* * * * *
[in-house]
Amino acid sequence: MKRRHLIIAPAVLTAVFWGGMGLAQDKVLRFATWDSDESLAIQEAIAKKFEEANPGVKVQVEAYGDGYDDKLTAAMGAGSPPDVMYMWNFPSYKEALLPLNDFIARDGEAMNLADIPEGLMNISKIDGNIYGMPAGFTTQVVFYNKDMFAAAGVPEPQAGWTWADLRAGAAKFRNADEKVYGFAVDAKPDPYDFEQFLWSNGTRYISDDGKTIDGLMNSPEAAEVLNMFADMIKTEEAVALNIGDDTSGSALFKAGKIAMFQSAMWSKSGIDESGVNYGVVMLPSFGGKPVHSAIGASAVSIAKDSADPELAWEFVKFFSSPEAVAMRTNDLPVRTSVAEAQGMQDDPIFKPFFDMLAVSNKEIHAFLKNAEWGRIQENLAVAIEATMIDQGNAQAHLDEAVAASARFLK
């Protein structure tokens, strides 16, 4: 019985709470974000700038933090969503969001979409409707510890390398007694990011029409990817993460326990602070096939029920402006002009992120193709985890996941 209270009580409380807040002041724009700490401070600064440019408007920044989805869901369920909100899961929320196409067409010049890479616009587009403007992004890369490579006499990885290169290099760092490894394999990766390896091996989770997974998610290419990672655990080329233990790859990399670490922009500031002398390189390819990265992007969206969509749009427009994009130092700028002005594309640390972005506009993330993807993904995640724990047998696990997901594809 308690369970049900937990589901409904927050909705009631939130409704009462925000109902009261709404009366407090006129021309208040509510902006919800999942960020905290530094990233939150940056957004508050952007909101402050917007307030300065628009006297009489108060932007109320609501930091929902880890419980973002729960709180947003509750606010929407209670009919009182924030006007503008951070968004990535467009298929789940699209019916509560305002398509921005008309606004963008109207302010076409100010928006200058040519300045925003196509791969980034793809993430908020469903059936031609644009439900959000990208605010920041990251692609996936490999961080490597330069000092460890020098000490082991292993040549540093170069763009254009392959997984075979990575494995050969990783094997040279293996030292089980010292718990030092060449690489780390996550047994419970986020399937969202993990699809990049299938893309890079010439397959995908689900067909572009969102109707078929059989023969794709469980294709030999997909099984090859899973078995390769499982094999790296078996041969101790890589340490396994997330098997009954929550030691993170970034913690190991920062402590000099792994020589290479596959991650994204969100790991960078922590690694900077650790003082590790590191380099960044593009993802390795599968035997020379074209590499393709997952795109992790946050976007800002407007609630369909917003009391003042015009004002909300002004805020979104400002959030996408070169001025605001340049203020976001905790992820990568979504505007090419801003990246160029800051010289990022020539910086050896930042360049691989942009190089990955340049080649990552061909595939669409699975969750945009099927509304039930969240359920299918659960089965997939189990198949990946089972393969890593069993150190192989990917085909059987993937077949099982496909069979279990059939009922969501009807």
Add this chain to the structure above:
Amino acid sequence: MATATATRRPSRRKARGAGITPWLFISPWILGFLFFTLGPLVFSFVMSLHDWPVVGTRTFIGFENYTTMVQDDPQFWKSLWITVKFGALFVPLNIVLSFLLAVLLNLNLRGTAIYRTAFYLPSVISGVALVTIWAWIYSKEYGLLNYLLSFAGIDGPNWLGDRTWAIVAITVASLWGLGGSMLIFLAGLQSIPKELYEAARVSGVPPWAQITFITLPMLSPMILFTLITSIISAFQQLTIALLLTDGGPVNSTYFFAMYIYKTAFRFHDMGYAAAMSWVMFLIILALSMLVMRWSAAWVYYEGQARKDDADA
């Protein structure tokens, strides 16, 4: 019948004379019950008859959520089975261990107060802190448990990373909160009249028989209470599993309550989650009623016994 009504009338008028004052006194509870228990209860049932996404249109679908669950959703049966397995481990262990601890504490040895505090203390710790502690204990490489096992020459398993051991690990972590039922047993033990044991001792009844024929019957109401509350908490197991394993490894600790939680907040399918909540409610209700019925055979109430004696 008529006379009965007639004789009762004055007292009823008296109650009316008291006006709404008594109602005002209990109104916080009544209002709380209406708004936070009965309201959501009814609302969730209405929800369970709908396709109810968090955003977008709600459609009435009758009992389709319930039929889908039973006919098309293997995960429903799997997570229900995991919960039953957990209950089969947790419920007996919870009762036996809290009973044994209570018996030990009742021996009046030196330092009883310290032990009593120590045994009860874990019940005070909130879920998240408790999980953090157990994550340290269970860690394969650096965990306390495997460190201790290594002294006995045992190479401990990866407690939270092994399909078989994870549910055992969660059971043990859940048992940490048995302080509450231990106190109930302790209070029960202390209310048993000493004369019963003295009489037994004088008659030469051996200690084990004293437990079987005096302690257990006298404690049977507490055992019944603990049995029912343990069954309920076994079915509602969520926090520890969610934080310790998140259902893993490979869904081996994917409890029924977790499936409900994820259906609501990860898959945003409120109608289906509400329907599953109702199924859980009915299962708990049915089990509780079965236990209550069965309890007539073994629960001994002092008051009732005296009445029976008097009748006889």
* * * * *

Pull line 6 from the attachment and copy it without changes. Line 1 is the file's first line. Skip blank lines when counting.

């Protein structure tokens, strides 16, 4: 019948004379019950008859959520089975261990107060802190448990990373909160009249028989209470599993309550989650009623016994 009504009338008028004052006194509870228990209860049932996404249109679908669950959703049966397995481990262990601890504490040895505090203390710790502690204990490489096992020459398993051991690990972590039922047993033990044991001792009844024929019957109401509350908490197991394993490894600790939680907040399918909540409610209700019925055979109430004696 008529006379009965007639004789009762004055007292009823008296109650009316008291006006709404008594109602005002209990109104916080009544209002709380209406708004936070009965309201959501009814609302969730209405929800369970709908396709109810968090955003977008709600459609009435009758009992389709319930039929889908039973006919098309293997995960429903799997997570229900995991919960039953957990209950089969947790419920007996919870009762036996809290009973044994209570018996030990009742021996009046030196330092009883310290032990009593120590045994009860874990019940005070909130879920998240408790999980953090157990994550340290269970860690394969650096965990306390495997460190201790290594002294006995045992190479401990990866407690939270092994399909078989994870549910055992969660059971043990859940048992940490048995302080509450231990106190109930302790209070029960202390209310048993000493004369019963003295009489037994004088008659030469051996200690084990004293437990079987005096302690257990006298404690049977507490055992019944603990049995029912343990069954309920076994079915509602969520926090520890969610934080310790998140259902893993490979869904081996994917409890029924977790499936409900994820259906609501990860898959945003409120109608289906509400329907599953109702199924859980009915299962708990049915089990509780079965236990209550069965309890007539073994629960001994002092008051009732005296009445029976008097009748006889």